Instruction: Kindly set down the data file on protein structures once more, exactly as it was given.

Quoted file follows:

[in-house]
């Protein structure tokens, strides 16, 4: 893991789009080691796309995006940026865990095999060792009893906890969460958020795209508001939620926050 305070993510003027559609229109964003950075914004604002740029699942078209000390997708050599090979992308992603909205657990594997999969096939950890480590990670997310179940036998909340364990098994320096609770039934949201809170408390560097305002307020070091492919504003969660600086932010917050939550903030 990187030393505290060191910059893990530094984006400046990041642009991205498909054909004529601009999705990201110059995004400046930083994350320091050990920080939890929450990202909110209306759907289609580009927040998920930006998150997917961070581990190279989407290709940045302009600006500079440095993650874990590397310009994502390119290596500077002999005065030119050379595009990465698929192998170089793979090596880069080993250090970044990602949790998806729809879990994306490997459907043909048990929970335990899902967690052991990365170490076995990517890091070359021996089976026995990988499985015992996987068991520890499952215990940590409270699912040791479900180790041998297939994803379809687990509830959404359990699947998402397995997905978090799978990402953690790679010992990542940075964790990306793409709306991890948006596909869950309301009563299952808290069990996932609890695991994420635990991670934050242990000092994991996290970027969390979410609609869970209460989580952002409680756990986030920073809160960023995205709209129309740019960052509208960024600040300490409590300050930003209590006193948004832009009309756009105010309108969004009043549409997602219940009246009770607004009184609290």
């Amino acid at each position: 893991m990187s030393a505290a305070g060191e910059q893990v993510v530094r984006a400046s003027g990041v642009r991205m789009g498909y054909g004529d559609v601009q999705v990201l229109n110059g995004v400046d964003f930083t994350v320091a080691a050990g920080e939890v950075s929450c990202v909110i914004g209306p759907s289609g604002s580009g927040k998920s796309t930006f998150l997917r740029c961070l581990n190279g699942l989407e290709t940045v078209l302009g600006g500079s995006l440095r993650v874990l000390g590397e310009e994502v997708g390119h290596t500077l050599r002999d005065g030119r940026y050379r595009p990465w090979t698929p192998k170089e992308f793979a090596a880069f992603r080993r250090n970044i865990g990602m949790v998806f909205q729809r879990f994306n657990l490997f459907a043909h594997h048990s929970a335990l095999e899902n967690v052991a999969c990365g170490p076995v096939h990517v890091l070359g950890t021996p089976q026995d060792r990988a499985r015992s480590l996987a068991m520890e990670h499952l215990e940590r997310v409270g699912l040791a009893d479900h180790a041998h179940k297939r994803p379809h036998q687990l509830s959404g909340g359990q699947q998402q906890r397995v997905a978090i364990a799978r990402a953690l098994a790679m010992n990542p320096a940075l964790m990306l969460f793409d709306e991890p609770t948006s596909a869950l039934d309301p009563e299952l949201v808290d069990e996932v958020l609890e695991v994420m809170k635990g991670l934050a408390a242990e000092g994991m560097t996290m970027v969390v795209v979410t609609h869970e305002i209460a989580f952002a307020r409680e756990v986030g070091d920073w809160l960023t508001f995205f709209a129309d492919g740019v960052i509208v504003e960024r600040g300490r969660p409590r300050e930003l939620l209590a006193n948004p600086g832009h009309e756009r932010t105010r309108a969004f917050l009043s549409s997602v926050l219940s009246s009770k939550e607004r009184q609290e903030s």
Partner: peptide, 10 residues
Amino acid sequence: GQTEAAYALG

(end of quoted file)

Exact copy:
[in-house]
């Protein structure tokens, strides 16, 4: 893991789009080691796309995006940026865990095999060792009893906890969460958020795209508001939620926050 305070993510003027559609229109964003950075914004604002740029699942078209000390997708050599090979992308992603909205657990594997999969096939950890480590990670997310179940036998909340364990098994320096609770039934949201809170408390560097305002307020070091492919504003969660600086932010917050939550903030 990187030393505290060191910059893990530094984006400046990041642009991205498909054909004529601009999705990201110059995004400046930083994350320091050990920080939890929450990202909110209306759907289609580009927040998920930006998150997917961070581990190279989407290709940045302009600006500079440095993650874990590397310009994502390119290596500077002999005065030119050379595009990465698929192998170089793979090596880069080993250090970044990602949790998806729809879990994306490997459907043909048990929970335990899902967690052991990365170490076995990517890091070359021996089976026995990988499985015992996987068991520890499952215990940590409270699912040791479900180790041998297939994803379809687990509830959404359990699947998402397995997905978090799978990402953690790679010992990542940075964790990306793409709306991890948006596909869950309301009563299952808290069990996932609890695991994420635990991670934050242990000092994991996290970027969390979410609609869970209460989580952002409680756990986030920073809160960023995205709209129309740019960052509208960024600040300490409590300050930003209590006193948004832009009309756009105010309108969004009043549409997602219940009246009770607004009184609290």
């Amino acid at each position: 893991m990187s030393a505290a305070g060191e910059q893990v993510v530094r984006a400046s003027g990041v642009r991205m789009g498909y054909g004529d559609v601009q999705v990201l229109n110059g995004v400046d964003f930083t994350v320091a080691a050990g920080e939890v950075s929450c990202v909110i914004g209306p759907s289609g604002s580009g927040k998920s796309t930006f998150l997917r740029c961070l581990n190279g699942l989407e290709t940045v078209l302009g600006g500079s995006l440095r993650v874990l000390g590397e310009e994502v997708g390119h290596t500077l050599r002999d005065g030119r940026y050379r595009p990465w090979t698929p192998k170089e992308f793979a090596a880069f992603r080993r250090n970044i865990g990602m949790v998806f909205q729809r879990f994306n657990l490997f459907a043909h594997h048990s929970a335990l095999e899902n967690v052991a999969c990365g170490p076995v096939h990517v890091l070359g950890t021996p089976q026995d060792r990988a499985r015992s480590l996987a068991m520890e990670h499952l215990e940590r997310v409270g699912l040791a009893d479900h180790a041998h179940k297939r994803p379809h036998q687990l509830s959404g909340g359990q699947q998402q906890r397995v997905a978090i364990a799978r990402a953690l098994a790679m010992n990542p320096a940075l964790m990306l969460f793409d709306e991890p609770t948006s596909a869950l039934d309301p009563e299952l949201v808290d069990e996932v958020l609890e695991v994420m809170k635990g991670l934050a408390a242990e000092g994991m560097t996290m970027v969390v795209v979410t609609h869970e305002i209460a989580f952002a307020r409680e756990v986030g070091d920073w809160l960023t508001f995205f709209a129309d492919g740019v960052i509208v504003e960024r600040g300490r969660p409590r300050e930003l939620l209590a006193n948004p600086g832009h009309e756009r932010t105010r309108a969004f917050l009043s549409s997602v926050l219940s009246s009770k939550e607004r009184q609290e903030s």
Partner: peptide, 10 residues
Amino acid sequence: GQTEAAYALG